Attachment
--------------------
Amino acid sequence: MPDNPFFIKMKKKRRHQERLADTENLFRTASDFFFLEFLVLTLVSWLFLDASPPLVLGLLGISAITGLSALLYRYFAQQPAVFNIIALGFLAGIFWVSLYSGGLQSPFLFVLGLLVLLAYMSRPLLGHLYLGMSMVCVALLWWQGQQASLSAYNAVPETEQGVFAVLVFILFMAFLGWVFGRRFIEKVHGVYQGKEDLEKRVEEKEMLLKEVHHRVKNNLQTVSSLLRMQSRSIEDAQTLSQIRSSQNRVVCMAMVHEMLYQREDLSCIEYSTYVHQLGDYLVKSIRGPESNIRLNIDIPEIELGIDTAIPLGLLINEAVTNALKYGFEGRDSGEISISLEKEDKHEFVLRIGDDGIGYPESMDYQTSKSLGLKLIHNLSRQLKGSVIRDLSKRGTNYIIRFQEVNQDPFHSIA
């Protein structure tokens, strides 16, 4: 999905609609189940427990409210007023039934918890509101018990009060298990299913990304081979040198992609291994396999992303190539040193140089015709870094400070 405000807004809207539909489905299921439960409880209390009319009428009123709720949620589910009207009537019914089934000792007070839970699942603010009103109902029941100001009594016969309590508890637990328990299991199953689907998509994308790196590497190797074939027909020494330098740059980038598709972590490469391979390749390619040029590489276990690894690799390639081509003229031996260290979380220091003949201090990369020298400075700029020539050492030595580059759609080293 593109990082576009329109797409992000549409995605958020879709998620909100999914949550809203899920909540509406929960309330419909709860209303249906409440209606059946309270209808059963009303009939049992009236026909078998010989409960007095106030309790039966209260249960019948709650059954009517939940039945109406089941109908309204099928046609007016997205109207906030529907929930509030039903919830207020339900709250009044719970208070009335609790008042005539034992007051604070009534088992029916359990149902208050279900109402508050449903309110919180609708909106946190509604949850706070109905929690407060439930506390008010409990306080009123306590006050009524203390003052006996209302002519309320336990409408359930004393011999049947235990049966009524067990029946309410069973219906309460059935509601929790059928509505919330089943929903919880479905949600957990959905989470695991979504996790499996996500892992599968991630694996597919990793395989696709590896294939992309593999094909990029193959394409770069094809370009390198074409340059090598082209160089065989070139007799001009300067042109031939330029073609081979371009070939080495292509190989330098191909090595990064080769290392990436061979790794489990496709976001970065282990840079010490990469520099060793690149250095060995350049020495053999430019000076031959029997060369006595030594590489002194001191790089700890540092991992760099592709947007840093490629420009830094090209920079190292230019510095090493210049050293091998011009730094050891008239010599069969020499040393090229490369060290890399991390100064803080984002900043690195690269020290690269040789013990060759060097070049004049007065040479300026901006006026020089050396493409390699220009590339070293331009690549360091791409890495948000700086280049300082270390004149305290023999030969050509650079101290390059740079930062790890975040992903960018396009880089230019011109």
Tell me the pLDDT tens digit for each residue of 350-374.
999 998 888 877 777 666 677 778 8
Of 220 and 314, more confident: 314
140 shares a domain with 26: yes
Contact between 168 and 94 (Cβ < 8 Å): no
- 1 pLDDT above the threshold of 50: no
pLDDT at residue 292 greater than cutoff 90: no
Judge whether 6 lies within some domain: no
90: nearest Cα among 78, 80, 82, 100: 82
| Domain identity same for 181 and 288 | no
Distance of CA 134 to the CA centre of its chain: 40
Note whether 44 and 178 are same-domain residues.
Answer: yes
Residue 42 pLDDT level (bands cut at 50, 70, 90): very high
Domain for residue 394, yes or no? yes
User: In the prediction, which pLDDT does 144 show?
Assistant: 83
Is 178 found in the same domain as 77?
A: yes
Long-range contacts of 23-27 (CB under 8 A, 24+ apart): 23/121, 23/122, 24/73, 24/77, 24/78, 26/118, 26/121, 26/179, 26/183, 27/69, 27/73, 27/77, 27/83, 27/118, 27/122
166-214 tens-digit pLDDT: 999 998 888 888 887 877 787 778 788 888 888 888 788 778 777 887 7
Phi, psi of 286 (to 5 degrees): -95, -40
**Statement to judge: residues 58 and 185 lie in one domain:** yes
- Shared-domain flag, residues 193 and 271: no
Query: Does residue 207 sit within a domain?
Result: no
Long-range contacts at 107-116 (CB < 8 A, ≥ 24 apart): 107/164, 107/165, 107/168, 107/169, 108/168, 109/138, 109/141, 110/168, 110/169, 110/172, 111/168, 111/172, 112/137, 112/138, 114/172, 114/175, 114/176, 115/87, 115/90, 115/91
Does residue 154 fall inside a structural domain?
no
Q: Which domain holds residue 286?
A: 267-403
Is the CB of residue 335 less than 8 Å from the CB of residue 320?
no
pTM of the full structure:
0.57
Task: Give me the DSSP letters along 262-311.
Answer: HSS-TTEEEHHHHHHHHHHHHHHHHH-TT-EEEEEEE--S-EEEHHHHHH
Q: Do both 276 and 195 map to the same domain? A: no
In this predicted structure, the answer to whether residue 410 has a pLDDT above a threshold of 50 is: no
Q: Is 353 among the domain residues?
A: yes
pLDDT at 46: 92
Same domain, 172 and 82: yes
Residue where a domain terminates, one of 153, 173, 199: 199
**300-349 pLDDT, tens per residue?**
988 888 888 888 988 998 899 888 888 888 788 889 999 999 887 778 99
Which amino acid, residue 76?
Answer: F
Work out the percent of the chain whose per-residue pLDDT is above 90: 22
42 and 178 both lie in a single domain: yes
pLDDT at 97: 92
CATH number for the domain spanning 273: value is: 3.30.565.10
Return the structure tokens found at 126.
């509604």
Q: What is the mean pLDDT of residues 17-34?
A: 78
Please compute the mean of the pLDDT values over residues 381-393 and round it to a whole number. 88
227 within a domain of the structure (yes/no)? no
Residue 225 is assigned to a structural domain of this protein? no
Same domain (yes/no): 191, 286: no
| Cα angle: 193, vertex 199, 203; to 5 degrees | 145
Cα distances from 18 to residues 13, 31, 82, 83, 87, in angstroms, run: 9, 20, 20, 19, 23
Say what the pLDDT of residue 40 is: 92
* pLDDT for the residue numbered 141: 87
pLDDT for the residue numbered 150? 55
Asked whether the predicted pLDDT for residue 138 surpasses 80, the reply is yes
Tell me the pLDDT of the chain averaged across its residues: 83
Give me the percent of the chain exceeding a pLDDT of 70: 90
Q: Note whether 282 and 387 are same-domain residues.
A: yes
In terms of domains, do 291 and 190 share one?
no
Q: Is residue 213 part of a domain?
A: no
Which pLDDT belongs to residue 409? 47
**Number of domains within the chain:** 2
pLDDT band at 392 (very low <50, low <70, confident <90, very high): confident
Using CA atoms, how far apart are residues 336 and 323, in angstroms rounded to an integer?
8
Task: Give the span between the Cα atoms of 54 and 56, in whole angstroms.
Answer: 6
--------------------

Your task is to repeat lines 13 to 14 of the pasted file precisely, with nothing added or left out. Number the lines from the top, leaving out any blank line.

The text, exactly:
Distance of CA 134 to the CA centre of its chain: 40
Note whether 44 and 178 are same-domain residues.